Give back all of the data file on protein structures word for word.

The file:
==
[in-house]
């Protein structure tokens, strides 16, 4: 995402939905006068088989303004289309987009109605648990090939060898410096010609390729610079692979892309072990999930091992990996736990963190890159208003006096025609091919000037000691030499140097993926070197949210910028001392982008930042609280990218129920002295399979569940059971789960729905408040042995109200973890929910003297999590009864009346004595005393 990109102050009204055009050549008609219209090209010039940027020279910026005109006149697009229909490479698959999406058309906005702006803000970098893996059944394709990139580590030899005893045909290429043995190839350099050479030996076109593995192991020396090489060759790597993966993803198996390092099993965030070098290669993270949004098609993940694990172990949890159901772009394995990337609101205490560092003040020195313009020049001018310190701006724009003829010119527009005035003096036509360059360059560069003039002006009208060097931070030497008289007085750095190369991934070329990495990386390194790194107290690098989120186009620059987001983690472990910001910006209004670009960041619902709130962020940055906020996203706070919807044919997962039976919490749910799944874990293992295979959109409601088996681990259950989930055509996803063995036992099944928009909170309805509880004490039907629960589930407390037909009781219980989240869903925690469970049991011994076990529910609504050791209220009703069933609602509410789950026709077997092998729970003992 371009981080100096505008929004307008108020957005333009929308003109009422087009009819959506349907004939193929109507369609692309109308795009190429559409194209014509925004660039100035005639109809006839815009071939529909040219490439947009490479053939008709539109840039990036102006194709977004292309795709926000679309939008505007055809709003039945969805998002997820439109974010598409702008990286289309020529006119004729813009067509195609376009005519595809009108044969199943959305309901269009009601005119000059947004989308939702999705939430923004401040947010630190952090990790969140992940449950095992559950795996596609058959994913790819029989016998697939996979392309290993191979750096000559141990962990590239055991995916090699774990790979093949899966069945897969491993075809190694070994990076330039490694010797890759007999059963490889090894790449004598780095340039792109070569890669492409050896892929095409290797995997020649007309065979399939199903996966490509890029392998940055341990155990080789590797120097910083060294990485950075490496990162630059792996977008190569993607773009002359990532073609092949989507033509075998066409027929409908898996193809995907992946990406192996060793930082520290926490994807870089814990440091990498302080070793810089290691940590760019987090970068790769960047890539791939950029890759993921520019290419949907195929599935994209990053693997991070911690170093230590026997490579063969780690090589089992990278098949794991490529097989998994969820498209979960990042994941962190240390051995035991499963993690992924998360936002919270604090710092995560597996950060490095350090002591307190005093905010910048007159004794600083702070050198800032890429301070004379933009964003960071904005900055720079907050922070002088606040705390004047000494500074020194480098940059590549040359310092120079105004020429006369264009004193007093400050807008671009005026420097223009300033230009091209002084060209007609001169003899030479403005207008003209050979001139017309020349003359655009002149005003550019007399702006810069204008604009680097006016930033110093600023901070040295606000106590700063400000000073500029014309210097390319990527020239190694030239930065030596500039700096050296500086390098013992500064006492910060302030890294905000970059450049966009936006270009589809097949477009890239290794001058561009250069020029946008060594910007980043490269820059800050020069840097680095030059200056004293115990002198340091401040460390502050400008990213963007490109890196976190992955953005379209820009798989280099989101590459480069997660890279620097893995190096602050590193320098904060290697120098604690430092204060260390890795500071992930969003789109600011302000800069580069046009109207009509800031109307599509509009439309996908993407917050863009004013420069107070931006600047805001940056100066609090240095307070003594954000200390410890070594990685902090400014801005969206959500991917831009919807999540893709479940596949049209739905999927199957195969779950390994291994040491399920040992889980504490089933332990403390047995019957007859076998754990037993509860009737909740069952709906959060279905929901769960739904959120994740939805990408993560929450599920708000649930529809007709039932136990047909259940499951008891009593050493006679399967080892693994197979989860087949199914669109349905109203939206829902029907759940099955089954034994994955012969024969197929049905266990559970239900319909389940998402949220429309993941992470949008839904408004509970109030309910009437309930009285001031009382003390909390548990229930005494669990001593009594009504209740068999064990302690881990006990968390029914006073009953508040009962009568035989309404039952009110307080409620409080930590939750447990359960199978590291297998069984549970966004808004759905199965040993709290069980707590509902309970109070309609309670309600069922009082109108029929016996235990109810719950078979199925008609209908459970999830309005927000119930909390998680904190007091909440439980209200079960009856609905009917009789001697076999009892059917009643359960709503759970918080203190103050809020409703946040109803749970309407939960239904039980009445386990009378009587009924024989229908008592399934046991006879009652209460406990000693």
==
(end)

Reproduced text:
[in-house]
């Protein structure tokens, strides 16, 4: 995402939905006068088989303004289309987009109605648990090939060898410096010609390729610079692979892309072990999930091992990996736990963190890159208003006096025609091919000037000691030499140097993926070197949210910028001392982008930042609280990218129920002295399979569940059971789960729905408040042995109200973890929910003297999590009864009346004595005393 990109102050009204055009050549008609219209090209010039940027020279910026005109006149697009229909490479698959999406058309906005702006803000970098893996059944394709990139580590030899005893045909290429043995190839350099050479030996076109593995192991020396090489060759790597993966993803198996390092099993965030070098290669993270949004098609993940694990172990949890159901772009394995990337609101205490560092003040020195313009020049001018310190701006724009003829010119527009005035003096036509360059360059560069003039002006009208060097931070030497008289007085750095190369991934070329990495990386390194790194107290690098989120186009620059987001983690472990910001910006209004670009960041619902709130962020940055906020996203706070919807044919997962039976919490749910799944874990293992295979959109409601088996681990259950989930055509996803063995036992099944928009909170309805509880004490039907629960589930407390037909009781219980989240869903925690469970049991011994076990529910609504050791209220009703069933609602509410789950026709077997092998729970003992 371009981080100096505008929004307008108020957005333009929308003109009422087009009819959506349907004939193929109507369609692309109308795009190429559409194209014509925004660039100035005639109809006839815009071939529909040219490439947009490479053939008709539109840039990036102006194709977004292309795709926000679309939008505007055809709003039945969805998002997820439109974010598409702008990286289309020529006119004729813009067509195609376009005519595809009108044969199943959305309901269009009601005119000059947004989308939702999705939430923004401040947010630190952090990790969140992940449950095992559950795996596609058959994913790819029989016998697939996979392309290993191979750096000559141990962990590239055991995916090699774990790979093949899966069945897969491993075809190694070994990076330039490694010797890759007999059963490889090894790449004598780095340039792109070569890669492409050896892929095409290797995997020649007309065979399939199903996966490509890029392998940055341990155990080789590797120097910083060294990485950075490496990162630059792996977008190569993607773009002359990532073609092949989507033509075998066409027929409908898996193809995907992946990406192996060793930082520290926490994807870089814990440091990498302080070793810089290691940590760019987090970068790769960047890539791939950029890759993921520019290419949907195929599935994209990053693997991070911690170093230590026997490579063969780690090589089992990278098949794991490529097989998994969820498209979960990042994941962190240390051995035991499963993690992924998360936002919270604090710092995560597996950060490095350090002591307190005093905010910048007159004794600083702070050198800032890429301070004379933009964003960071904005900055720079907050922070002088606040705390004047000494500074020194480098940059590549040359310092120079105004020429006369264009004193007093400050807008671009005026420097223009300033230009091209002084060209007609001169003899030479403005207008003209050979001139017309020349003359655009002149005003550019007399702006810069204008604009680097006016930033110093600023901070040295606000106590700063400000000073500029014309210097390319990527020239190694030239930065030596500039700096050296500086390098013992500064006492910060302030890294905000970059450049966009936006270009589809097949477009890239290794001058561009250069020029946008060594910007980043490269820059800050020069840097680095030059200056004293115990002198340091401040460390502050400008990213963007490109890196976190992955953005379209820009798989280099989101590459480069997660890279620097893995190096602050590193320098904060290697120098604690430092204060260390890795500071992930969003789109600011302000800069580069046009109207009509800031109307599509509009439309996908993407917050863009004013420069107070931006600047805001940056100066609090240095307070003594954000200390410890070594990685902090400014801005969206959500991917831009919807999540893709479940596949049209739905999927199957195969779950390994291994040491399920040992889980504490089933332990403390047995019957007859076998754990037993509860009737909740069952709906959060279905929901769960739904959120994740939805990408993560929450599920708000649930529809007709039932136990047909259940499951008891009593050493006679399967080892693994197979989860087949199914669109349905109203939206829902029907759940099955089954034994994955012969024969197929049905266990559970239900319909389940998402949220429309993941992470949008839904408004509970109030309910009437309930009285001031009382003390909390548990229930005494669990001593009594009504209740068999064990302690881990006990968390029914006073009953508040009962009568035989309404039952009110307080409620409080930590939750447990359960199978590291297998069984549970966004808004759905199965040993709290069980707590509902309970109070309609309670309600069922009082109108029929016996235990109810719950078979199925008609209908459970999830309005927000119930909390998680904190007091909440439980209200079960009856609905009917009789001697076999009892059917009643359960709503759970918080203190103050809020409703946040109803749970309407939960239904039980009445386990009378009587009924024989229908008592399934046991006879009652209460406990000693």